Brookneal in Campbell County, Virginia — The American South (Mid-Atlantic)
Patrick Henry’s Grave
Erected 1949 by Virginia Conversation Commission. (Marker Number R-15.)
Location. 37° 2.77′ N, 78° 56.543′ W. Marker is in Brookneal, Virginia, in Campbell County. Marker is on Main Street south of East Rush Street (County Route 1103), on the right when traveling south. Touch for map. Marker is at or near this postal address: 271 Main St, Brookneal VA 24528, United States of America.
Other nearby markers. At least 8 other markers are within 11 miles of this marker, measured as the crow flies. A different marker also named Patrick Henry’s Grave (approx. 0.2 miles away); Birthplace of General Pick (approx. 0.2 miles away); Campbell County / Halifax County (approx. 0.7 miles away); Hat Creek Church Red Hill (approx. 2.9 miles away); a different marker also named Patrick Henry’s Grave (approx. 3.3 miles away); Halifax Church (approx. 10.1 miles away); Shady Grove (was approx. 11 miles away but has been reported missing. ). Touch for a list and map of all markers in Brookneal.
More about this marker. This marker is the old number R-15 marker. Its replacement is one block away on Route 501. (When this one was first erected, Main Street was U.S. 501.) This R-15 was reported missing in both Margaret Peter’s 1985 Guidebook to Virginia’s Historical Markers and John Salmon’s revision in 1994. It was probably still missing in 1997 when its replacement was erected, or it surely would have been retired. This may be the only ‘old’ Virginia state marker coexisting with its replacement.
Regarding Patrick Henry’s Grave. Follow Route 40 east to Mt. Calvary Road, which will take
Also see . . . Biography of Patrick Henry. On the Red Hill Patrick Henry National Memorial website. “Patrick Henry’s political career began in December 1763 with his rousing victory in the Parsons’ Cause, a controversy rooted in the peculiarities of colonial Virginia’s tobacco-based economy that also became an important precursor of the American Revolution. Clergymen of the established Anglican church and other public officials in colonial Virginia received their annual salaries in tobacco – 16,000 pounds per a year for a clergyman. For decades the market price of tobacco had been about 2 cents a pound, but severe droughts in 1759 and 1760 drove the price of tobacco much higher. In response to this crisis, the colonial legislature passed a Two-Penny Act, which declared that contracts payable in tobacco should be valued according to the normal price rather than the higher “windfall” caused by the recent drought. Many of Virginia ’s Anglican clergy, who already felt that their vestries paid them too little, protested the law. Eventually, the parsons appealed to colonial authorities in England, who overruled the Virginia statute and declared it void. This action aroused a controversy over the nature of British authority within the colony.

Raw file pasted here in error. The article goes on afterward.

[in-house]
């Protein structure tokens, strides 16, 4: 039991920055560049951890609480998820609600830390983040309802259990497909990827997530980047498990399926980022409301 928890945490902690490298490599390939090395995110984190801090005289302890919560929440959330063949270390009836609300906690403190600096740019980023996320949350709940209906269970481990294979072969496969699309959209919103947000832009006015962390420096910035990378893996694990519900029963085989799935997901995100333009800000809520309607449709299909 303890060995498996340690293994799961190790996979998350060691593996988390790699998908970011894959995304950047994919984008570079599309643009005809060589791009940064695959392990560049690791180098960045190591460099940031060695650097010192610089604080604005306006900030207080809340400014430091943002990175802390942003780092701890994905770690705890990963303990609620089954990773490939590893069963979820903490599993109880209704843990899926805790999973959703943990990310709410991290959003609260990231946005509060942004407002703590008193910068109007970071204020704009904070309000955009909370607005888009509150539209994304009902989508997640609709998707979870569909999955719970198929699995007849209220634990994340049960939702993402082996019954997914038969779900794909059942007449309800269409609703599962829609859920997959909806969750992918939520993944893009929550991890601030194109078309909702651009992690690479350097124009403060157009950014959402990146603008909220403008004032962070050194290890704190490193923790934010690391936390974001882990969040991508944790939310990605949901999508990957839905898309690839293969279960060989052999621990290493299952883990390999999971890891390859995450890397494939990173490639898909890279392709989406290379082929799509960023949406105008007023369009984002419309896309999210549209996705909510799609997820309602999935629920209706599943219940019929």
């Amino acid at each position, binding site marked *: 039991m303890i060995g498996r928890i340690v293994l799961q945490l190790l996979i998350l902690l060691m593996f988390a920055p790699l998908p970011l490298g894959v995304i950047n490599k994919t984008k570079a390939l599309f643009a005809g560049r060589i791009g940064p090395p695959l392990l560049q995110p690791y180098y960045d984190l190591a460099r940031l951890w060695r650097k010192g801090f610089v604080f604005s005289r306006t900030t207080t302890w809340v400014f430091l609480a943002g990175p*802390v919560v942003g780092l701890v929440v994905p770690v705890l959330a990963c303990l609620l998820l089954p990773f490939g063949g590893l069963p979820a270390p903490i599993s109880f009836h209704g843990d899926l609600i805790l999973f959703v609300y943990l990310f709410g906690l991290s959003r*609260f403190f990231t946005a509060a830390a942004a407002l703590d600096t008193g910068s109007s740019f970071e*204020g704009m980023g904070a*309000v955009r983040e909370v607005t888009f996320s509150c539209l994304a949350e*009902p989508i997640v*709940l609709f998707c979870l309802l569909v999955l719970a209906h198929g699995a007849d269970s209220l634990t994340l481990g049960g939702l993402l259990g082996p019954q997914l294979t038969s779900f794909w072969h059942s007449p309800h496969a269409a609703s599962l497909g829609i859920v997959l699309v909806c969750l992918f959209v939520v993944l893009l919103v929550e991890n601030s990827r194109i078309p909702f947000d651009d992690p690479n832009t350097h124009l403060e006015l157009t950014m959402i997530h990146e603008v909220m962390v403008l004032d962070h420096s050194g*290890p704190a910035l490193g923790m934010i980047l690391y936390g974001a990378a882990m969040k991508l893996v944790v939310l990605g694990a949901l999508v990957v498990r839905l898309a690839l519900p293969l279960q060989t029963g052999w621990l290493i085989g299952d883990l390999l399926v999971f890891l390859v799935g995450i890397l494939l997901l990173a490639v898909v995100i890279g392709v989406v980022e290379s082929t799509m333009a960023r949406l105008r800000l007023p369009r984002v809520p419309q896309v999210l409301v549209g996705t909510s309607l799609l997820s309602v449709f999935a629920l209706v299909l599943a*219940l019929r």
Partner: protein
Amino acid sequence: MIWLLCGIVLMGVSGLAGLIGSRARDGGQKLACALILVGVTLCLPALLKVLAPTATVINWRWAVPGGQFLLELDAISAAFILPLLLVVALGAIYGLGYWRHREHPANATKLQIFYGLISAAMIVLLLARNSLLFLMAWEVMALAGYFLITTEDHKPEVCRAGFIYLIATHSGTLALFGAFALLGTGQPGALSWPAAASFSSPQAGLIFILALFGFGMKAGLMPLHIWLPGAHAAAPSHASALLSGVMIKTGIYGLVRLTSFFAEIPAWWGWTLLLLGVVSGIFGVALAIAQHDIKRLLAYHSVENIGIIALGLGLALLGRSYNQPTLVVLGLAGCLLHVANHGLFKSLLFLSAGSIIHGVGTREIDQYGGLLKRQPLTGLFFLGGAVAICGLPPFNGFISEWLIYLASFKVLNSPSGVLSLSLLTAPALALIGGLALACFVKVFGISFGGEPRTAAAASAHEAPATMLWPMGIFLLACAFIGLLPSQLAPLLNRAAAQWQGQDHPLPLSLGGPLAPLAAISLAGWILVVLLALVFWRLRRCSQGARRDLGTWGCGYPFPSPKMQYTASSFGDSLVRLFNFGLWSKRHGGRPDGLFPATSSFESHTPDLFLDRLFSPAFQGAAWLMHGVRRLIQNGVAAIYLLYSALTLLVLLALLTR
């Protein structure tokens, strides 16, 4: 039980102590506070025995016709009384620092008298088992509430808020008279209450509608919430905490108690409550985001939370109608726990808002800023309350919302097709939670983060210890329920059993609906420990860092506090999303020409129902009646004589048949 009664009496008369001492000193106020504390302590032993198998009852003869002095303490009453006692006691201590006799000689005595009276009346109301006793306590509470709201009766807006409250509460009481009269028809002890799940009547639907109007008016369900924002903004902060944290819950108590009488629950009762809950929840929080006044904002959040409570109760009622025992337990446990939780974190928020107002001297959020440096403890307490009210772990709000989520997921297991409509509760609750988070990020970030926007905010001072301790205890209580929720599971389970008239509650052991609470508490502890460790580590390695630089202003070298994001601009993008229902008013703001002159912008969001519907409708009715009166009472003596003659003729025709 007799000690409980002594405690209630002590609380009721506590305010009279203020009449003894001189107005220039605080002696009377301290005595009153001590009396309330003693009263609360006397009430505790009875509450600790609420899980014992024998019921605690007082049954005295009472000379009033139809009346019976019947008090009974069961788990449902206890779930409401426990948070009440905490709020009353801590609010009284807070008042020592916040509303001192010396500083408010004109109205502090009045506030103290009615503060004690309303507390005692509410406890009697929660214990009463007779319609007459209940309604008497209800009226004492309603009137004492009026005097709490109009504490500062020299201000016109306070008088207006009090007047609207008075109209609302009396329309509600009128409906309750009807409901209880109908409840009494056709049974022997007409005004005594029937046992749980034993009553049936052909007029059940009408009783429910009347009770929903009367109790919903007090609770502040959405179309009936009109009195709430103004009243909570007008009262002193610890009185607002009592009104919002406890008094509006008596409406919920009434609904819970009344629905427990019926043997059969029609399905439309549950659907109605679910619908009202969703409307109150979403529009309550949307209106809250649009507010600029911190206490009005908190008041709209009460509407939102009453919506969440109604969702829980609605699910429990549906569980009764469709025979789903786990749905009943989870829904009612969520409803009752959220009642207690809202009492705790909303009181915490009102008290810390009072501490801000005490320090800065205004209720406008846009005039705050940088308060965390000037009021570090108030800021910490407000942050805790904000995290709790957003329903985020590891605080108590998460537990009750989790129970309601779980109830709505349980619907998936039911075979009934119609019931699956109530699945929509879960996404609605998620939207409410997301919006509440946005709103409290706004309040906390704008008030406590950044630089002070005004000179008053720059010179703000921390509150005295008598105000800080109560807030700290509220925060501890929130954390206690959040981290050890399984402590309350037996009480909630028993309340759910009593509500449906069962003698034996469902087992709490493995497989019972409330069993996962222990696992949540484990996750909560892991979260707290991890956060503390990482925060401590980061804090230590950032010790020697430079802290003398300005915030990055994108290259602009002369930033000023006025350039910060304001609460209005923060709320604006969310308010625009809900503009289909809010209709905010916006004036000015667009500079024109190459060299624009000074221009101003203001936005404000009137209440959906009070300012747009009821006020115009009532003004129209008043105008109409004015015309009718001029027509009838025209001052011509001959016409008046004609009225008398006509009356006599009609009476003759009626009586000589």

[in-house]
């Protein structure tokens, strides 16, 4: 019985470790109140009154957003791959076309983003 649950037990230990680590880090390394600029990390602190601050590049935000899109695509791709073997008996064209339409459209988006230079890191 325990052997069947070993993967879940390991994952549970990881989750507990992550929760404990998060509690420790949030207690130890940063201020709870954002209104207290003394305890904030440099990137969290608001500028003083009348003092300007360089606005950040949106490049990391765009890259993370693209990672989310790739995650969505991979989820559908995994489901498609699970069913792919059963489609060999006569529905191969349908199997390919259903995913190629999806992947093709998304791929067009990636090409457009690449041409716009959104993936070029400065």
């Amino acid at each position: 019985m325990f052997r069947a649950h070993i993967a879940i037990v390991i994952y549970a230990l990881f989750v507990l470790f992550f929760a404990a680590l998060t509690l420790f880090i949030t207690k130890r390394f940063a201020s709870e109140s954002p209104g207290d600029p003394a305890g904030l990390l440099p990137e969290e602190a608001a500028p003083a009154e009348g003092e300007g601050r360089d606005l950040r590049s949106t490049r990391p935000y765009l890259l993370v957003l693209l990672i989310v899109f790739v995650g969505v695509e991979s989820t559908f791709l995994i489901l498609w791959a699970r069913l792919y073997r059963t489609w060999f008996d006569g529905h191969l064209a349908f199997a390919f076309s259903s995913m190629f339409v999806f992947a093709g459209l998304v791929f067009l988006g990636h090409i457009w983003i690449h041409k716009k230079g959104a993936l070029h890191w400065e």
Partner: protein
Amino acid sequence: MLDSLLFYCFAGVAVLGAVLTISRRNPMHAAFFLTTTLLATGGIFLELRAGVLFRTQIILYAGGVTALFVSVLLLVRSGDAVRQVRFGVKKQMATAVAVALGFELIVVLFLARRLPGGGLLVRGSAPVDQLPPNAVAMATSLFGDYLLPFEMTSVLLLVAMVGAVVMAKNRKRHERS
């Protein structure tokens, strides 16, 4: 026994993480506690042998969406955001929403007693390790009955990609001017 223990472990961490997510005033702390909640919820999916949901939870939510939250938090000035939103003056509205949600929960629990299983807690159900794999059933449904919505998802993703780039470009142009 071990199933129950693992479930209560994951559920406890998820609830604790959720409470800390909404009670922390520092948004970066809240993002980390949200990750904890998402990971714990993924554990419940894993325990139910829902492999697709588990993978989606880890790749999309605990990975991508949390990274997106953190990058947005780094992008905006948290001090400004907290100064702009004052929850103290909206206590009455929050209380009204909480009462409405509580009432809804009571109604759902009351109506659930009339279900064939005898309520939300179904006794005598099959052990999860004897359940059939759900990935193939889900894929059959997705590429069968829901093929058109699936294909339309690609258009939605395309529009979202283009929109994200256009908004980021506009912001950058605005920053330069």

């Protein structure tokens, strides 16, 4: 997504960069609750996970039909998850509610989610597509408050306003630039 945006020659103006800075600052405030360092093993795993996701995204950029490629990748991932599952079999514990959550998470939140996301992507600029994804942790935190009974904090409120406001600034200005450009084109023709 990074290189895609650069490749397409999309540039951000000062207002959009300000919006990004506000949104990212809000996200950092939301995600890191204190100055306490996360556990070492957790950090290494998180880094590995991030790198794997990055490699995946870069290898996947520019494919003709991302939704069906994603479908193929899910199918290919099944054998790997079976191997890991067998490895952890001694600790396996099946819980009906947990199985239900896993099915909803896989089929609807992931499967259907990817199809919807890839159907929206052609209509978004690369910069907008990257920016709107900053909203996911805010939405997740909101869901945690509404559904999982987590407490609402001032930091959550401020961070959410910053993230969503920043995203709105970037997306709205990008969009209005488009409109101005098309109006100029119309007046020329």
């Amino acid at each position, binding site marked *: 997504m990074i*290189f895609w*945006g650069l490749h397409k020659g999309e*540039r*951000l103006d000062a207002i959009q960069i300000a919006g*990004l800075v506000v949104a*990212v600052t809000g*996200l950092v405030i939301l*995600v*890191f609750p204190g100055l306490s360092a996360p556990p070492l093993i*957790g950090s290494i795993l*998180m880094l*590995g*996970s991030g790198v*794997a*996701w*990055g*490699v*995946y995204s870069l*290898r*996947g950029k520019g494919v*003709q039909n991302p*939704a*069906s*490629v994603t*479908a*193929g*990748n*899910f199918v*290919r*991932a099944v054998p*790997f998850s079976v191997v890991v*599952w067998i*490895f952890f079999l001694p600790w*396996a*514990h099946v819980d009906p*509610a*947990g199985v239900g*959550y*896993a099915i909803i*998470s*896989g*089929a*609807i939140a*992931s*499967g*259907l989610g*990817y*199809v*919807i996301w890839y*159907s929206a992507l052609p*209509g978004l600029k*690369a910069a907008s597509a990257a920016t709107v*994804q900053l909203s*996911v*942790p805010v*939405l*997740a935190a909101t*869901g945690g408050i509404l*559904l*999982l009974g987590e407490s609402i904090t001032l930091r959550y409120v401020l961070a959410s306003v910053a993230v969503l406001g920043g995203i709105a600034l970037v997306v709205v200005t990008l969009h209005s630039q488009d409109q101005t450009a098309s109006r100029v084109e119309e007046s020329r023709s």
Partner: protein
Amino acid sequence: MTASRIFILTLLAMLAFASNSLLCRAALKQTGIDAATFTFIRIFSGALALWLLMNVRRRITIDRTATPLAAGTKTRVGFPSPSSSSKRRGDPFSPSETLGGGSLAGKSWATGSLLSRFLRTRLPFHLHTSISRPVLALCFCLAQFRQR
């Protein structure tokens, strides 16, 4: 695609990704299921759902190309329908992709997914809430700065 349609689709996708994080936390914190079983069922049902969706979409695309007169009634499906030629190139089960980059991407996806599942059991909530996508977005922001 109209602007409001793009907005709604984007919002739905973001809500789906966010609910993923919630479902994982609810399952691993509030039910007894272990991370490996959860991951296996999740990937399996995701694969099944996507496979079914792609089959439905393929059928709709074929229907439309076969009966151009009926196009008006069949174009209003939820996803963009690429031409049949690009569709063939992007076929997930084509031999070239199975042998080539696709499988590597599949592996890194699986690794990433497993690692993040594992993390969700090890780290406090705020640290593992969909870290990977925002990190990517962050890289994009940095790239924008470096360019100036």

“The Parsons’ Cause came home to Hanover County when the Reverend James Maury brought suit against the vestry for his back pay, and won. At that point the novice attorney Patrick Henry was asked to argue the vestry’s side when the jury convened to determine how much Maury should be paid. In a fervent oration that criticized the established clergy and challenged British authority, Henry persuaded the jurors of Hanover County to grant token damages of only one penny. Henry’s victory in the Parsons’ Cause enhanced his legal practice and launched a political career marked by similar moment of dramatic oratory.” (Submitted on April 14, 2013, by J. J. Prats of Springfield, Virginia.)
Categories. • War, US Revolutionary •
Credits. This page was last revised on June 16, 2016. This page originally submitted on April 14, 2013, by J. J. Prats of Springfield, Virginia. This page has been viewed 530 times since then and 77 times this year. This page was the Marker of the Week April 28, 2013. Photos: 1, 2, 3. submitted on April 14, 2013, by J. J. Prats of Springfield, Virginia.